Sandra J. Hartke v. Dr. William Mckelway, Appellant.sandra J. Hartke, Appellant, v. Dr. William Mckelway, 707 F.2d 1544 (D.C. Cir. 1983)

Annotate this Case
US Court of Appeals for the District of Columbia Circuit - 707 F.2d 1544 (D.C. Cir. 1983) Argued Sept. 29, 1982. Decided May 20, 1983. As Amended May 20, 1983

Appeals from the United States District Court for the District of Columbia (D.C. Civil No. 79-03447).

Vance Hartke, Falls Church, Va., for appellant in 81-2193 and cross-appellee in 81-2192. Wayne Hartke, Falls Church, Va., also entered an appearance for appellant/cross-appellee.

Patrick J. Attridge, Rockville, Md., for appellee in 81-2193 and cross-appellant in 81-2192.

Before MacKINNON and GINSBURG, Circuit Judges, and McGOWAN, Senior Circuit Judge.

Opinion for the Court filed by Senior Circuit Judge McGOWAN.

McGOWAN, Senior Circuit Judge:

These cross-appeals arise out of the failure of an operation to sterilize the plaintiff, resulting in the birth of a healthy baby girl. The primary issue for our consideration in this diversity case is whether, under District of Columbia law, the plaintiff would be allowed to recover from the defendant doctor some portion of the expenses of raising the child to majority. We are also called upon to decide whether, in the light of certain language in our opinion in Henderson v. Milobsky, 595 F.2d 654, 657-58 (D.C. Cir. 1978), patients in informed-consent cases must testify that they would not have undergone the procedure had they known of all the material risks involved. Finally, we must decide whether the risk of subsequent pregnancy in this case could reasonably have been considered material to a decision whether to undergo the treatment.

After a jury verdict for plaintiff on all claims, the District Court disallowed the award of childrearing expenses because it found the evidence clear that plaintiff had sought to be sterilized for therapeutic, not economic, reasons, and because she prized the child she bore. Hartke v. McKelway, 526 F. Supp. 97, 105 (D.D.C. 1981). The court also held that in haec verba testimony of causation is not required to get the issue of informed consent to the jury as long as there is otherwise sufficient evidence from which the jury could infer that a patient would have declined the procedure had he or she known of the risks. Id. at 103. Finding such evidence, the court upheld the jury's award of damages for plaintiff's medical expenses, pain, suffering, and mental anguish resulting from the pregnancy and childbirth. Id. The court also held that a jury could have found that a reasonable person in plaintiff's somewhat unusual position would likely have attached significance to the undisclosed risk of subsequent pregnancy here (one to three out of one thousand). Id. at 102-03. We affirm.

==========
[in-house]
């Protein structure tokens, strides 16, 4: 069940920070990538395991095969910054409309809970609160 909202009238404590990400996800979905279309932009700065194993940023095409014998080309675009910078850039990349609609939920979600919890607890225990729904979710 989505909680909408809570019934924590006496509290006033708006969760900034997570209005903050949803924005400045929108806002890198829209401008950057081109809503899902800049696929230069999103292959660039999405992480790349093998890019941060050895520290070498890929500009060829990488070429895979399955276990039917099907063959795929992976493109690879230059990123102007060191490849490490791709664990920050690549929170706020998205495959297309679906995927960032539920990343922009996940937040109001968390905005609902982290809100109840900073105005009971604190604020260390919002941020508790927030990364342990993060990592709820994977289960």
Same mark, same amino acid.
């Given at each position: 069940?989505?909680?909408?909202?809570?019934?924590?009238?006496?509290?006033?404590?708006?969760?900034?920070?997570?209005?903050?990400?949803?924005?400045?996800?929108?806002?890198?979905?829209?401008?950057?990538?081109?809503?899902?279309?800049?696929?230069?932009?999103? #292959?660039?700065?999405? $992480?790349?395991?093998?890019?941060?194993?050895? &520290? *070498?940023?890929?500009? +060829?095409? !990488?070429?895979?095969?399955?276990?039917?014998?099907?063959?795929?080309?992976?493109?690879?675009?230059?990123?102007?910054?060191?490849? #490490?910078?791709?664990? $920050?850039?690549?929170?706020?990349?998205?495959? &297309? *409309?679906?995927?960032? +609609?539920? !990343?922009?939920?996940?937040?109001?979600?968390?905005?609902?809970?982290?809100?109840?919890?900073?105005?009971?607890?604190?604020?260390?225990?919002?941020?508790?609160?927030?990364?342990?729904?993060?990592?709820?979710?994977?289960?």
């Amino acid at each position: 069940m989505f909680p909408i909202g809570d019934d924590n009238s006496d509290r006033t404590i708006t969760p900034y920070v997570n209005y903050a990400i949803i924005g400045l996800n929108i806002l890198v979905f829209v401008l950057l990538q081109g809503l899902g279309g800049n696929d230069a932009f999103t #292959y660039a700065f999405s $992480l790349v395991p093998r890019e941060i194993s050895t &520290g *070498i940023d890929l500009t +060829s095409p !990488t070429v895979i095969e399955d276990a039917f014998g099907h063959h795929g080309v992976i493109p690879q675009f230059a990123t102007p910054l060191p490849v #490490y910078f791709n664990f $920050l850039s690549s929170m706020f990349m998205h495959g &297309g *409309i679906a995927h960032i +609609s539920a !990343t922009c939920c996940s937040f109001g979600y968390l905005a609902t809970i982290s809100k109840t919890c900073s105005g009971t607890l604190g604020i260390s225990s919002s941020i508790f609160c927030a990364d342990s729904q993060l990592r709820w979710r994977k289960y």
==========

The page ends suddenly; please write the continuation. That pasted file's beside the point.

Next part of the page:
* In the winter of 1978, Sandra J. Hartke, the plaintiff in this action, discovered she was pregnant and elected to have an abortion. For reasons that are crucial to the disposition of this appeal, and that are discussed at length below, she also sought to have herself sterilized. Her usual doctor recommended a hysterectomy, the complete removal of the uterus. Hartke, then 33, thought this a rather drastic procedure, so she approached the defendant, Dr. William McKelway, for a second opinion. Dr. McKelway recommended a procedure known as laparoscopic tubal cauterization, which involves blocking the Fallopian tubes by burning them with instruments inserted through one or two small incisions in the abdomen. Hartke consented to the procedure, and on March 14, 1978, an abortion and tubal cauterization were performed on her. Dr. McKelway subsequently examined Hartke and termed the operation successful.

There was testimony from which the jury could infer that prior to the operation Dr. McKelway failed to disclose to Hartke that there was a risk of recanalization--where a Fallopian tube spontaneously reopens--of one to three out of one thousand. Hartke and her boyfriend, with whom she had lived for four years and whom she later married, also testified that the boyfriend offered to undergo a vasectomy if there was any risk of subsequent pregnancy, but that McKelway told them that the procedure was "a 100 percent sure operation," and that Hartke would not have to worry about becoming pregnant again. Record Excerpts (R.E.) at 33; accord id. at 34.